Here’s another nice vSphere issue, and how to fix it.
One of my ESXi 5.0 hosts was showing as disconnected in vSphere client.
I tried to reconnect to it by using the right-click Connect option. This took a while, then gave me an authentication error:
Reconnect host Cannot comlpete login due to an incorrect user name or password. Time: Target: <broken host.fqdn> vCenter Server: vcenter.rcmtech.co.uk
I then had to enter credentials for the host (I used root), accept the certificate and click through the add host wizard. This eventually failed:
Reconnect host A general system error occurred: Timed waiting for vpxa to start Time: Target: <broken host.fqdn> vCenter Server: vcenter.rcmtech.co.uk
Searching on that error text brought me to a VMware KB article that says that this can be caused by a VM having too many snapshots (more than 32).
I ran the following PowerShell command to list all snapshots:
Get-VM | Get-Snapshot | Select-Object name,vm,sizemb
But it didn’t show any VMs with more than a handful of snapshots each.
Now the finger starts to point to my backup system, Symantec Netbackup 7.1. It creates snapshots of VMs when it backs them up, and frequently these a) don’t get removed afterwards and b) don’t show through the vSphere GUI (and also via PowerShell).
Time to enable ESXi shell and see what’s on the VMFS disks. I ran the following command, logged in as root:
find /vmfs/volumes/ -name *delta.vmdk
Wait for the screen to rapidly scroll as you find a VM that has a lot of snapshots. In my case I found one with 235 of them! I used cd to change into the folder where the *delta.vmdk files for the VM lived and did an:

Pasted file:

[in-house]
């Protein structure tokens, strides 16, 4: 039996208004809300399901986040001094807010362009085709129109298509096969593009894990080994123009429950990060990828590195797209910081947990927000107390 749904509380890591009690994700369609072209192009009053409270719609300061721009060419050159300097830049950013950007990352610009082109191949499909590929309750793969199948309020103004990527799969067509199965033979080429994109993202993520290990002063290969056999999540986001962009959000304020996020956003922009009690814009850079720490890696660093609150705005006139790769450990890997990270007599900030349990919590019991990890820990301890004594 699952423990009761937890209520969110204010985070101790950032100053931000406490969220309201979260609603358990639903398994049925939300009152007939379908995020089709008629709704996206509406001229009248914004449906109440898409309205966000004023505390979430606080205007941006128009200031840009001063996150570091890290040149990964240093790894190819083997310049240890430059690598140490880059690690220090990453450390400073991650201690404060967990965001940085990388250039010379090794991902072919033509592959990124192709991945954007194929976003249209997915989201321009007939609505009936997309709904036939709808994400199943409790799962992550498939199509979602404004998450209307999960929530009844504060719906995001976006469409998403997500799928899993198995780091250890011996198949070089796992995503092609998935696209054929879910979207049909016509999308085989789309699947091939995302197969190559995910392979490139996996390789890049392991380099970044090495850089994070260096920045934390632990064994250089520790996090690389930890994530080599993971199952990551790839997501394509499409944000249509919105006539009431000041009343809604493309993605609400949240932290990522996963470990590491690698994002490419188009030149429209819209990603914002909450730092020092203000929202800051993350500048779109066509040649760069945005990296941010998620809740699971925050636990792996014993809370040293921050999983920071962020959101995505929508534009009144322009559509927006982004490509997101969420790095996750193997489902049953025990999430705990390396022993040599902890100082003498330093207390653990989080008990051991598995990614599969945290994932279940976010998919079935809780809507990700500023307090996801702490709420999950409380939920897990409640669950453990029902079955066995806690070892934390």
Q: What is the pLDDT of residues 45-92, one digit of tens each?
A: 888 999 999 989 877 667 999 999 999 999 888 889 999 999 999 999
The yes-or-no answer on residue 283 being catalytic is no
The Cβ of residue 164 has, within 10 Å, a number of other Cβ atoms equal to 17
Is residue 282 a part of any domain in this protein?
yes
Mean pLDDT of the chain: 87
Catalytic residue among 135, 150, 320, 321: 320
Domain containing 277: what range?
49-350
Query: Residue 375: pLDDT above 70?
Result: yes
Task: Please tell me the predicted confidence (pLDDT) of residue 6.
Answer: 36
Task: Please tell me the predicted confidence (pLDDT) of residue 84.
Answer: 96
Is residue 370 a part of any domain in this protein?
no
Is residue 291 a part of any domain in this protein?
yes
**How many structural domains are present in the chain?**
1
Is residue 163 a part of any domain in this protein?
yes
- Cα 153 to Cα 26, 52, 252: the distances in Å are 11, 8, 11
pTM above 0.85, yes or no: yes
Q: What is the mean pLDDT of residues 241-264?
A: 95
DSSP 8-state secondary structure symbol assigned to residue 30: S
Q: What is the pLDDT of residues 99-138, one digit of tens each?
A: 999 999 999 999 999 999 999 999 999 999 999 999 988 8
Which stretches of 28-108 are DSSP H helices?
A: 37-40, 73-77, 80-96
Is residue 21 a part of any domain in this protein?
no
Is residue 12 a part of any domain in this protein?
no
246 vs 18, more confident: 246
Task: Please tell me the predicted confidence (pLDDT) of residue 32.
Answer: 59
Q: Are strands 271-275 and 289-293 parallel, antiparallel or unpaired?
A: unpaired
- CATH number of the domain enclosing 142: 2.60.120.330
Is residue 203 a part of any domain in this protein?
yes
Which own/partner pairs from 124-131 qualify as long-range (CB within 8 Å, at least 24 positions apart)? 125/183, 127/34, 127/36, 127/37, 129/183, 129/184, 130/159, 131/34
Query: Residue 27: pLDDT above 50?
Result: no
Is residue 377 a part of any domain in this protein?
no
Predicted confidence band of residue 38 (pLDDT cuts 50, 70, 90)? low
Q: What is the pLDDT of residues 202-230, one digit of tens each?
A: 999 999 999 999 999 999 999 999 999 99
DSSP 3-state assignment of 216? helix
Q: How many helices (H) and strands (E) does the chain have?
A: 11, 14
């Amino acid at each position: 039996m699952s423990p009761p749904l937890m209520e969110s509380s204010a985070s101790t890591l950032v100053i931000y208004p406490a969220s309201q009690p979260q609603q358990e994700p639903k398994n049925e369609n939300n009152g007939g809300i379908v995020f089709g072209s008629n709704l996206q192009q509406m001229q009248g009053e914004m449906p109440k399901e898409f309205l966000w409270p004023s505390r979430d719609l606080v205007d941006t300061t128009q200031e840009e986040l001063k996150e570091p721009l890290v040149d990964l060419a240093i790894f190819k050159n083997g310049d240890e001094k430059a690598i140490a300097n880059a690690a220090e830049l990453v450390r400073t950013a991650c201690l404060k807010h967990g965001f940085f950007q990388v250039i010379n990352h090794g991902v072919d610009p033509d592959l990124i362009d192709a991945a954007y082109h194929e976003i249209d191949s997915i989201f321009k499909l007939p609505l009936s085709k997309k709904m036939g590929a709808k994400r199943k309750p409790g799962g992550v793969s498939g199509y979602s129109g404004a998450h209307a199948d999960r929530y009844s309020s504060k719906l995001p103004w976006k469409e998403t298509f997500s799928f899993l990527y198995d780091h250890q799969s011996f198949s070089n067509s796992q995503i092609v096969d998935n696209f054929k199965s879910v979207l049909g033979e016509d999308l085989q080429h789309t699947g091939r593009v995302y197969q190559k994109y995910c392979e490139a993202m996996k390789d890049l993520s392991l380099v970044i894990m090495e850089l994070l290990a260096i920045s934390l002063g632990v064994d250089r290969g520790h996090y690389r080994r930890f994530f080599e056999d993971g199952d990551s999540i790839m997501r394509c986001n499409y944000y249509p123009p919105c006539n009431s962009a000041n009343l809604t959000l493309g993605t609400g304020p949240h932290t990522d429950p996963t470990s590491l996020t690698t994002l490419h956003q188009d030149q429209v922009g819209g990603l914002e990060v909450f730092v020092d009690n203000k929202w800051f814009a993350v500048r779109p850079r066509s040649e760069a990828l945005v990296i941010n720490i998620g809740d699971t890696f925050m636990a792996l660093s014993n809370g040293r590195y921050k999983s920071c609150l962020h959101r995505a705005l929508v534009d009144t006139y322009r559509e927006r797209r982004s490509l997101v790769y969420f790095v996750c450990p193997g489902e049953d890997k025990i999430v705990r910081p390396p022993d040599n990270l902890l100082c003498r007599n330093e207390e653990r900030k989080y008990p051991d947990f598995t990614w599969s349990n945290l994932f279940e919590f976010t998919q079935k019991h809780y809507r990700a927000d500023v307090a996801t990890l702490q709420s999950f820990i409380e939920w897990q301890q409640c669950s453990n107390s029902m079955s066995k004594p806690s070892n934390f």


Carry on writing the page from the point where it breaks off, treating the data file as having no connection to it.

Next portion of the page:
ls -latr *delta.vmdk
to list them all in reverse date order (newest at the bottom). NetBackup had been creating ten snapshots every day, nice. Don’t forget to log out (exit) and disable the ESXi shell again.
To consolidate these on ESX4.x you had to shut the VM down and cold migrate it to a different place using the vmkfstools command. Luckily in vSphere 5.0 you can do this from vSphere client (I think both the host and vCenter need to be running 5.0 or higher for this to work though). Also luckily, whilst vCenter can’t talk to a host with a VM that has more than 32 snapshots, the vSphere client can, so I connected my client direct to the problem host.
So I right-clicked the VM and clicked on Consolidate. A few minutes later and the snapshots were all gone. I was then able to reconnect the host to vCenter sucessfully, right-click it and choose Connect (still got the authentication error again though).
Interestingly, the snapshot best practices KB article does mention the 32 snapshot limitation, and also mentions that you can set up an alarm. But as the best practices article states, some snapshots don’t show in the GUI (or PowerCLI) so I wonder if this alarm will help…